Another strange error what we got was that Android was not able to find the org.apache.commons.codec.binary.Base64.encodeBase64String method in spite of having the correct JAR (which has the correct class and method). As a workaround, we cloned the commons package from a repository, created a new class by copying Base64, and use the new class.
    2. Endurance testing failed for App: This might not be a problem for everyone, but if you are posting messages to IoT Hub in regular intervals (e.g once every 3 seconds) using MQTT (again using Azure SDKs), you might encounter this problem.

      In our case, as recommended by Android, the logic for sending the message was insulated from UI activity by encapsulating it into a service. The service was called once every five seconds. We noticed that after four or five sequences, the services weren't executed. As per Android, a new execution of a service will not start if a previous one is pending. And we used a single instance of a client across multiple messages posting (this was recommended by Azure). We were posting messages using the sendEventAsync(msg, callback, lockobj)method of the client. This method adds the messages to a list. The list was picked up at regular intervals.

      Upon further debugging, we found that messages were posted using sendEventMethod of MQTTIoTHubConnection. This method shares a lock with the open and connectionLost methods in them. To add messages to a temporary list, the sendEvent method calls the addMessage method of the class, which implements IotHubTransportInterface. The addMessage method of the transport shares a lock with the sendMessage method of the transport, because sendMessage calls sendEventMethod of MQTTIoTHubConnection.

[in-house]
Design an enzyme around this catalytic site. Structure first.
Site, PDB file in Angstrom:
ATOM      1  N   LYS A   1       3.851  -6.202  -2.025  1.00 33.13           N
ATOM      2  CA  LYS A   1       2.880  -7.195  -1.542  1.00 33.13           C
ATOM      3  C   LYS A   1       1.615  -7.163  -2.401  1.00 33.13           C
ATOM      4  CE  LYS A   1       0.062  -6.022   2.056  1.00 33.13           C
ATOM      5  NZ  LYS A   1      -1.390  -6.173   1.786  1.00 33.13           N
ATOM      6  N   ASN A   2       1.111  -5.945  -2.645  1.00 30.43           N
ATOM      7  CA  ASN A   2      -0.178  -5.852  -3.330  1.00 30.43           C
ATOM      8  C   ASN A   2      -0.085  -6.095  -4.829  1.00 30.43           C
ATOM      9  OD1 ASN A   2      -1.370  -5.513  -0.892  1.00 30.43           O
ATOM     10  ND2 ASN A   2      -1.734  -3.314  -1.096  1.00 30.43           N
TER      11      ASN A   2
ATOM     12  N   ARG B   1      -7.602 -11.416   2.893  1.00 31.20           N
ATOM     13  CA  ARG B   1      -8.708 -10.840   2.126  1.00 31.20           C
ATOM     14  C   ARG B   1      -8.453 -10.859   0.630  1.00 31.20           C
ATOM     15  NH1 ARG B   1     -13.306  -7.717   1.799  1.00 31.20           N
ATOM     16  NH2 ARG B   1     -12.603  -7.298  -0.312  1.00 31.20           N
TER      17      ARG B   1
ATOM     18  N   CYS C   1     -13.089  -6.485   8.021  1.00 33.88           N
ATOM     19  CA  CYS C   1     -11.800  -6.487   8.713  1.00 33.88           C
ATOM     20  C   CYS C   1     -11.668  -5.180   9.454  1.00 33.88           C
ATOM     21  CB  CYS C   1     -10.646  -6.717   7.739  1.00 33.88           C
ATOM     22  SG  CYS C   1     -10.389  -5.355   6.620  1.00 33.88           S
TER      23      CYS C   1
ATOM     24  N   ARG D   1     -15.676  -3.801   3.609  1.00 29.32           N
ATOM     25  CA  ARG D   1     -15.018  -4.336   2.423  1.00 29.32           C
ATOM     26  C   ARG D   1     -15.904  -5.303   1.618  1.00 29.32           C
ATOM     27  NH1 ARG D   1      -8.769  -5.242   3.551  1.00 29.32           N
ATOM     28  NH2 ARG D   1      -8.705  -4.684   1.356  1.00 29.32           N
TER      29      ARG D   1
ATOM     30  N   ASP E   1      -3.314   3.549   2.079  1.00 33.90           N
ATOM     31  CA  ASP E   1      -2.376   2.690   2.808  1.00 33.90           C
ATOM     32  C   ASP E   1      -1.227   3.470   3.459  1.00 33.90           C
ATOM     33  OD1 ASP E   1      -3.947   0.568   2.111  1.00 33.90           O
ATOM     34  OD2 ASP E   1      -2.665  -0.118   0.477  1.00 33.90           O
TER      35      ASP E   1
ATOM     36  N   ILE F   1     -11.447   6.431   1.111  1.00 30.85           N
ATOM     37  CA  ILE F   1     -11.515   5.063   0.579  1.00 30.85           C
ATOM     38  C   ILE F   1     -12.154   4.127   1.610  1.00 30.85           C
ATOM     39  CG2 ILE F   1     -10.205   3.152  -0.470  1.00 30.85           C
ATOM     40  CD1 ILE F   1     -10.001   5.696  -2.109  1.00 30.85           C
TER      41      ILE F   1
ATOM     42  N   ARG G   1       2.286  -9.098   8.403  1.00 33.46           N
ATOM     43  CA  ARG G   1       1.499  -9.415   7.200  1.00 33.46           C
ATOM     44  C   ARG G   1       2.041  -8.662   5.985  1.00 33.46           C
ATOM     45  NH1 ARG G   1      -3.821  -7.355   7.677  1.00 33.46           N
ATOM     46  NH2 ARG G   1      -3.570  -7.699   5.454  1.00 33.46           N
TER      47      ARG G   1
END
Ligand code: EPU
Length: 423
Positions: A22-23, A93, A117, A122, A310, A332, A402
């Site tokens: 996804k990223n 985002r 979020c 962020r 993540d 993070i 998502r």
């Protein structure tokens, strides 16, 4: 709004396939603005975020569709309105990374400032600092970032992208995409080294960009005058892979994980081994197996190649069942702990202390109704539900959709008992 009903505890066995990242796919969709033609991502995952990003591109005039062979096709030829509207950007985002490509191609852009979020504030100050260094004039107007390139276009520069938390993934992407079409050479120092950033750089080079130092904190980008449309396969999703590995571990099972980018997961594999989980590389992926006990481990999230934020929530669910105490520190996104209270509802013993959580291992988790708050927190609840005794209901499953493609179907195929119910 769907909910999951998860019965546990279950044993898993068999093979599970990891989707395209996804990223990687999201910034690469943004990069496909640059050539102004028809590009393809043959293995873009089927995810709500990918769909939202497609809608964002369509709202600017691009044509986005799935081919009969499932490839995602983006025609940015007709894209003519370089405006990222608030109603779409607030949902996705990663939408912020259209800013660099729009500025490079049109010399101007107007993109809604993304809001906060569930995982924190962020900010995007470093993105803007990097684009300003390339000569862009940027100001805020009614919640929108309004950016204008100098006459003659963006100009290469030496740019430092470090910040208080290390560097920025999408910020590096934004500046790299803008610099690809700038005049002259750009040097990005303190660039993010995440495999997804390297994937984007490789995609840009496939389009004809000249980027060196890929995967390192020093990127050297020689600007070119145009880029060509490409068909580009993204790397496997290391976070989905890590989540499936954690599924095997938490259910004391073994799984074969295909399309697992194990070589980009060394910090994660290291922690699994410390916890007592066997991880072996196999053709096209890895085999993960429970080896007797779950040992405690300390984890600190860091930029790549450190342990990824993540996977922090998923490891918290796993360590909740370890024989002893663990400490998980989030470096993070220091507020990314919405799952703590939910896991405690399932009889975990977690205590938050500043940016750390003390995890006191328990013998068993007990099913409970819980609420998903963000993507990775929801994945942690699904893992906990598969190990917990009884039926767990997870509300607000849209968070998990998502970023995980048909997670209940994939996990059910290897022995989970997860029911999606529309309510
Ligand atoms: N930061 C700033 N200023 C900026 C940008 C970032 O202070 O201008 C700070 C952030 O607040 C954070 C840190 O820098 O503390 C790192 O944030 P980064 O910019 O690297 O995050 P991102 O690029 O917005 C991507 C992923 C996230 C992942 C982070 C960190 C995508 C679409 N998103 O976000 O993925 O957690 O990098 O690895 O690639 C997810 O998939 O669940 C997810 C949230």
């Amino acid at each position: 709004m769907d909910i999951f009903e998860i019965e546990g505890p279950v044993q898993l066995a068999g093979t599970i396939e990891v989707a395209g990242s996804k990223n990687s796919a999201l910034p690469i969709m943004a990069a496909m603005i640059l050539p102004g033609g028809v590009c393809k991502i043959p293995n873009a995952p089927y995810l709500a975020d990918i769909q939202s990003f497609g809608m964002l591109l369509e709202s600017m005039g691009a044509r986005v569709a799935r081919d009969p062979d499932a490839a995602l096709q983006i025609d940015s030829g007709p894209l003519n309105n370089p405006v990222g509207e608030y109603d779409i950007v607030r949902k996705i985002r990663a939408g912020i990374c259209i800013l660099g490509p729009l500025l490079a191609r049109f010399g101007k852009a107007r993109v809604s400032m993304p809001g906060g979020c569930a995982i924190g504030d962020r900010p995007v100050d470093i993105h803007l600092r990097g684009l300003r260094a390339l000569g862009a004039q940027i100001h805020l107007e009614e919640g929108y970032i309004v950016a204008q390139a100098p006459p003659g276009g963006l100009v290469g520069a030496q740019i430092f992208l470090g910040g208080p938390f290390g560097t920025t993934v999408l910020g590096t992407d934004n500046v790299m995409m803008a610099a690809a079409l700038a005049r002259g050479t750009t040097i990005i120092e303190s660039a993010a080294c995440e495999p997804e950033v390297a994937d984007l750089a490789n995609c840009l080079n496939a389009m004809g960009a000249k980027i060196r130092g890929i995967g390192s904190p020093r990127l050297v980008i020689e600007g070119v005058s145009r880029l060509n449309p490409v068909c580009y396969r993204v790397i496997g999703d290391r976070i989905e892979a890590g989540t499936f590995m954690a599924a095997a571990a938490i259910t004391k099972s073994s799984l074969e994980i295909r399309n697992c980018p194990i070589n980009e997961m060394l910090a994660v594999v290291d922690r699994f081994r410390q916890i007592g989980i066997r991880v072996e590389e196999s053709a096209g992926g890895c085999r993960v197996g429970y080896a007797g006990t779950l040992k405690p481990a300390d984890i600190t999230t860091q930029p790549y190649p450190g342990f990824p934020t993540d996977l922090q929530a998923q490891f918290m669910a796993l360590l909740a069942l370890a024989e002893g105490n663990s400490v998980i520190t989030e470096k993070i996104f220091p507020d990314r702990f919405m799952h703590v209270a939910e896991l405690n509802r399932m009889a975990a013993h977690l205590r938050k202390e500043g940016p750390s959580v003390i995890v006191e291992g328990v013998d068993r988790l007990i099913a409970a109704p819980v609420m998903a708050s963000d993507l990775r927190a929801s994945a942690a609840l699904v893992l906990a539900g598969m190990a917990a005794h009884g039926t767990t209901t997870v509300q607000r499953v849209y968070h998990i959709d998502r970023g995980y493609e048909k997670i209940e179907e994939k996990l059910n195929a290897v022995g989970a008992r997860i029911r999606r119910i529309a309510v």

If there is an intermittent network error, then the connection class is busy sharing locks between the open and close methods and messages, which need to be posted, and is waiting for the lock to release. These waiting messages, in turn, hold locks in the transport class which prevents new messgaes being added to the list. So as long as the messages are not added to the list, service remains active and is not completed and waits for a longer time.

      In order to overcome this, we have added new messages to the DeviceClient and Transport classes so that messages are sent immediately. In case any connection is lost or closed, and if messages are not sent, then an exception is thrown and we store the message in the local store. This will be sent during synchronization. We also changed the open method in DeviceClient. I'm sorry, I know that a design diagram would have helped out here, but I didn't have the time.
    3. High CPU: When using Azure's default SDKs for posting messages, I had observed that my app was consuming a lot of the CPU. It was found to be due to the default implementation of DeviceClient, which adds the messages to a list. A scheduled thread will run at a specfic duration (once everything 101 ms). This kind of looping, and an ever-present background thread, added overhead.

      As part of a fix for services not getting executed, we moved from delayed posting to real-time posting, and it indirectly solved this issue. The design developed by Azure is great, and their async posting of messages is perfect and glitch free. But if you are using it in a resource- and networked-crunched system, you might need to tweak it a bit like we did. Drop a comment if you have any questions.

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azure iot suite ,android ,iot ,lambda expressions